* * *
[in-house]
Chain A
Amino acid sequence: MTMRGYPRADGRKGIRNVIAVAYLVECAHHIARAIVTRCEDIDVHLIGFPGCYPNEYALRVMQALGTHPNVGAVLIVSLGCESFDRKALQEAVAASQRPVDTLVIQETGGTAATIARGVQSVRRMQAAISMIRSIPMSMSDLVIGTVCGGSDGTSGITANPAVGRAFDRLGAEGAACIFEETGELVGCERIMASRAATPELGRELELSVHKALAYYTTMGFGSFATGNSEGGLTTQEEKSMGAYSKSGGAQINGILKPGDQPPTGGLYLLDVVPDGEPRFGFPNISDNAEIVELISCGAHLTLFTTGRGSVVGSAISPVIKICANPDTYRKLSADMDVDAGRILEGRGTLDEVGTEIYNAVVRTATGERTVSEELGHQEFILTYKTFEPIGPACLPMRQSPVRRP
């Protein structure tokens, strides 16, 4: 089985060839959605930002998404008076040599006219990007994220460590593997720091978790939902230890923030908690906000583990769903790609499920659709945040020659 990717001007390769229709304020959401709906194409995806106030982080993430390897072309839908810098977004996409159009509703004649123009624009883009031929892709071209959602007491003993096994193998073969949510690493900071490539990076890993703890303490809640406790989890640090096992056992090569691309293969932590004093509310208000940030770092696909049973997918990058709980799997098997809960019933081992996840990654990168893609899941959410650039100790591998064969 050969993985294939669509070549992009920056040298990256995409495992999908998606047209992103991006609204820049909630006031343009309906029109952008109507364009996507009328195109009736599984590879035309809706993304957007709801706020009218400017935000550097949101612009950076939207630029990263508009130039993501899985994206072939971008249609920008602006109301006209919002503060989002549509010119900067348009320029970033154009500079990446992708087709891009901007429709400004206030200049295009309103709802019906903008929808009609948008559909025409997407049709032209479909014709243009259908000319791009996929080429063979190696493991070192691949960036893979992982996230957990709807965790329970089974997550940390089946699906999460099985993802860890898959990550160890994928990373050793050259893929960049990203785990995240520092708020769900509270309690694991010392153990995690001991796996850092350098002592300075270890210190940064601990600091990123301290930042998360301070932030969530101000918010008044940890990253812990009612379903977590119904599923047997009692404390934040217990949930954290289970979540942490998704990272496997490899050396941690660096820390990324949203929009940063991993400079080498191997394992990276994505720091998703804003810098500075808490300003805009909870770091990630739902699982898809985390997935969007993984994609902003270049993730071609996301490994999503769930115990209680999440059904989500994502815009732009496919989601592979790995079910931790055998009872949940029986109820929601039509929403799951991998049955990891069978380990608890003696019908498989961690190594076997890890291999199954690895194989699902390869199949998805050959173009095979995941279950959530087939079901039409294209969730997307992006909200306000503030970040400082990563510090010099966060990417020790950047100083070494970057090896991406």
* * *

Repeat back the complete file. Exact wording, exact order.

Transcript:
[in-house]
Chain A
Amino acid sequence: MTMRGYPRADGRKGIRNVIAVAYLVECAHHIARAIVTRCEDIDVHLIGFPGCYPNEYALRVMQALGTHPNVGAVLIVSLGCESFDRKALQEAVAASQRPVDTLVIQETGGTAATIARGVQSVRRMQAAISMIRSIPMSMSDLVIGTVCGGSDGTSGITANPAVGRAFDRLGAEGAACIFEETGELVGCERIMASRAATPELGRELELSVHKALAYYTTMGFGSFATGNSEGGLTTQEEKSMGAYSKSGGAQINGILKPGDQPPTGGLYLLDVVPDGEPRFGFPNISDNAEIVELISCGAHLTLFTTGRGSVVGSAISPVIKICANPDTYRKLSADMDVDAGRILEGRGTLDEVGTEIYNAVVRTATGERTVSEELGHQEFILTYKTFEPIGPACLPMRQSPVRRP
């Protein structure tokens, strides 16, 4: 089985060839959605930002998404008076040599006219990007994220460590593997720091978790939902230890923030908690906000583990769903790609499920659709945040020659 990717001007390769229709304020959401709906194409995806106030982080993430390897072309839908810098977004996409159009509703004649123009624009883009031929892709071209959602007491003993096994193998073969949510690493900071490539990076890993703890303490809640406790989890640090096992056992090569691309293969932590004093509310208000940030770092696909049973997918990058709980799997098997809960019933081992996840990654990168893609899941959410650039100790591998064969 050969993985294939669509070549992009920056040298990256995409495992999908998606047209992103991006609204820049909630006031343009309906029109952008109507364009996507009328195109009736599984590879035309809706993304957007709801706020009218400017935000550097949101612009950076939207630029990263508009130039993501899985994206072939971008249609920008602006109301006209919002503060989002549509010119900067348009320029970033154009500079990446992708087709891009901007429709400004206030200049295009309103709802019906903008929808009609948008559909025409997407049709032209479909014709243009259908000319791009996929080429063979190696493991070192691949960036893979992982996230957990709807965790329970089974997550940390089946699906999460099985993802860890898959990550160890994928990373050793050259893929960049990203785990995240520092708020769900509270309690694991010392153990995690001991796996850092350098002592300075270890210190940064601990600091990123301290930042998360301070932030969530101000918010008044940890990253812990009612379903977590119904599923047997009692404390934040217990949930954290289970979540942490998704990272496997490899050396941690660096820390990324949203929009940063991993400079080498191997394992990276994505720091998703804003810098500075808490300003805009909870770091990630739902699982898809985390997935969007993984994609902003270049993730071609996301490994999503769930115990209680999440059904989500994502815009732009496919989601592979790995079910931790055998009872949940029986109820929601039509929403799951991998049955990891069978380990608890003696019908498989961690190594076997890890291999199954690895194989699902390869199949998805050959173009095979995941279950959530087939079901039409294209969730997307992006909200306000503030970040400082990563510090010099966060990417020790950047100083070494970057090896991406």